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Newsletter: From Evidence to Action

About us

Introduction

The Policy Action Network: Children (PAN: Children) is an initiative hosted by the Research Use and Impact Assessment Unit (RIA) of the Human Sciences Research Council (HSRC) and was established together with the United Nations Children’s Fund (UNICEF) and the Programme to Support Pro-Poor Policy Development (PSPPD).

UNICEF and the HSRC have agreed to work together in a non-exclusive relationship, to establish and maintain a policy-oriented knowledge-hub on children’s rights and equity in South Africa. The knowledge-hub aims to provide high-quality, timely information to inform decision-making and policy in practice in relation to children. Importantly, it will strengthen the dialogue between suppliers and users of child-related evidence in order to bridge the gap between suppliers and users of child-related evidence offered by research and evaluation bodies. This knowledge-hub is primarily targeted at South African policy makers and government officials involved in planning, implementation, monitoring and evaluation of policies and programmes relating to children, as well as academia working on issues related to child rights and equity. The secondary audience includes civil society organizations, private sector and development sector professionals involved in the advancement of child rights. Lastly, the hub will also allow other countries with an interest in South African policy to easily access relevant information.

Background

The lack of a specific knowledge hub on children has been recognised by various stakeholders in the field. The 2010 National Stakeholders Meeting on Equity and Child Rights (UNICEF 2010) called for “an easily accessible platform that collates data, research and international best practices relating to supporting children and women”. Likewise, the 2011 Child Poverty Roundtable organized by the Presidency, Department of Social Development and UNICEF (PSPPD, 2011) posed that the “systematic gathering and storage of data and evidence is crucial for driving an evidence-based national agenda for children.” It recommended the establishment of a community of practice in child poverty research and policy development. At this time, the HSRC, with funding from the South African Department of Science and Technology, had already established the original Policy Action Network. This entity seeks to support the policy community as a whole by sourcing information, monitoring developments and contributing to rigour in policymaking as well as to greater participation in the policy-making process. HSRC and UNICEF have agreed to create a parallel and complementary portal specifically aimed at attaining these outcomes in areas pertaining to child rights.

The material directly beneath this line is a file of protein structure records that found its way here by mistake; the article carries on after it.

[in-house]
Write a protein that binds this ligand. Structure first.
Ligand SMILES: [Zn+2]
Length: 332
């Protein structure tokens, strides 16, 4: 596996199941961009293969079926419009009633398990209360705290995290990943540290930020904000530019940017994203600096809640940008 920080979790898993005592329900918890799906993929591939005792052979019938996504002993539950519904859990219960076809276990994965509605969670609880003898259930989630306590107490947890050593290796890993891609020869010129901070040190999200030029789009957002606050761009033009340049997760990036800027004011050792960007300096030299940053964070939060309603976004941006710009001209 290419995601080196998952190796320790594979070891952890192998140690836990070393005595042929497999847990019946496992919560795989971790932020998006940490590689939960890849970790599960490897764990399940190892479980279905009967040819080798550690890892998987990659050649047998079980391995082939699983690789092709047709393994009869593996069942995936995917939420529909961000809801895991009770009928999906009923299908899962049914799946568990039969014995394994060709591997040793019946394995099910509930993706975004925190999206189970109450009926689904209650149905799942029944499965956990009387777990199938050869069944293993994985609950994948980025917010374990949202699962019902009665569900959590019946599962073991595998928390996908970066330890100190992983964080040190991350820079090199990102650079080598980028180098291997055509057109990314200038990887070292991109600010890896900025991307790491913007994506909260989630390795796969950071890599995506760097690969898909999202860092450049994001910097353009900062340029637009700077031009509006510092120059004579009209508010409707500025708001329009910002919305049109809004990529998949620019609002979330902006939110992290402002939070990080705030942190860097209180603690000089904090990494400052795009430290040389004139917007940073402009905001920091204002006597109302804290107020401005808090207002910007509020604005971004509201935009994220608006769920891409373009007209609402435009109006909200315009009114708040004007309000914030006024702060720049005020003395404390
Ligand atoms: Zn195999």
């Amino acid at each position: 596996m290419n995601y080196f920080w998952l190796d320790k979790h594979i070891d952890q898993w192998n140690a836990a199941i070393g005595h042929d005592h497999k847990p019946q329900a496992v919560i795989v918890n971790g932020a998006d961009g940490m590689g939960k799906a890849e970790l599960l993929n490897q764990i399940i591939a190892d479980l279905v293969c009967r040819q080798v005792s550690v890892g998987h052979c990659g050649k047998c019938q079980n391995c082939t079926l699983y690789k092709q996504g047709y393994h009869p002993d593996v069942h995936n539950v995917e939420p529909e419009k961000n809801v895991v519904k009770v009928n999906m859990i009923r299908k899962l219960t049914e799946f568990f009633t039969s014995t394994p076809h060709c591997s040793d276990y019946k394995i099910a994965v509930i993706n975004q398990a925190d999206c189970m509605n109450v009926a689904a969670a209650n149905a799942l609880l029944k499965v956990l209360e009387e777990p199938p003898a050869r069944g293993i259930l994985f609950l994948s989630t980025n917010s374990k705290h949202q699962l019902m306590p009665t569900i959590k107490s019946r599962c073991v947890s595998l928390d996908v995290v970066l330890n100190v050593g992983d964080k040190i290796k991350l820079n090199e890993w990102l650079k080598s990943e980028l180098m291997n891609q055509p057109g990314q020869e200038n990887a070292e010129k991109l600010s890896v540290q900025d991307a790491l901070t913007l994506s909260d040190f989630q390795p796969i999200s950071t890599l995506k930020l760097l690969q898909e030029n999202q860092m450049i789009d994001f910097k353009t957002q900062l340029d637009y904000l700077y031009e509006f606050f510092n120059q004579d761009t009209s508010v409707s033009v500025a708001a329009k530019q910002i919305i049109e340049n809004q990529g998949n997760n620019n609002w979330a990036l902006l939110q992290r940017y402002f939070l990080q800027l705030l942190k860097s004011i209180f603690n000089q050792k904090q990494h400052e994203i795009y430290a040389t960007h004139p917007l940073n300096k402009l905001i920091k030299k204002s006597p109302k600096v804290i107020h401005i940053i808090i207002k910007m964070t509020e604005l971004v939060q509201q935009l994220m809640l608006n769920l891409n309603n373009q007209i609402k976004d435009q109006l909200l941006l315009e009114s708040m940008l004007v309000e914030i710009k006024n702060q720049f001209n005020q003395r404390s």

PAN: Children Aims

• To bring together the best available knowledge on the situation of children in South Africa, with a particular emphasis on the drivers and determinants of inequities in the fulfillment of child rights;

• To provide practical understanding and advice on designing, implementing and evaluating policies and programme interventions to address child poverty, inequities and systemic bottlenecks by drawing on national and international good practices and lessons learned, especially from countries similar to South Africa;

• To improve linkages between researchers and policy makers and planners and to improve the capacity of both researchers and policy makers to engage with each other on issues around child rights

Principles and Beliefs

• There is a growing belief that knowledge-sharing plays a pivotal role in placing children’s rights on the political agenda.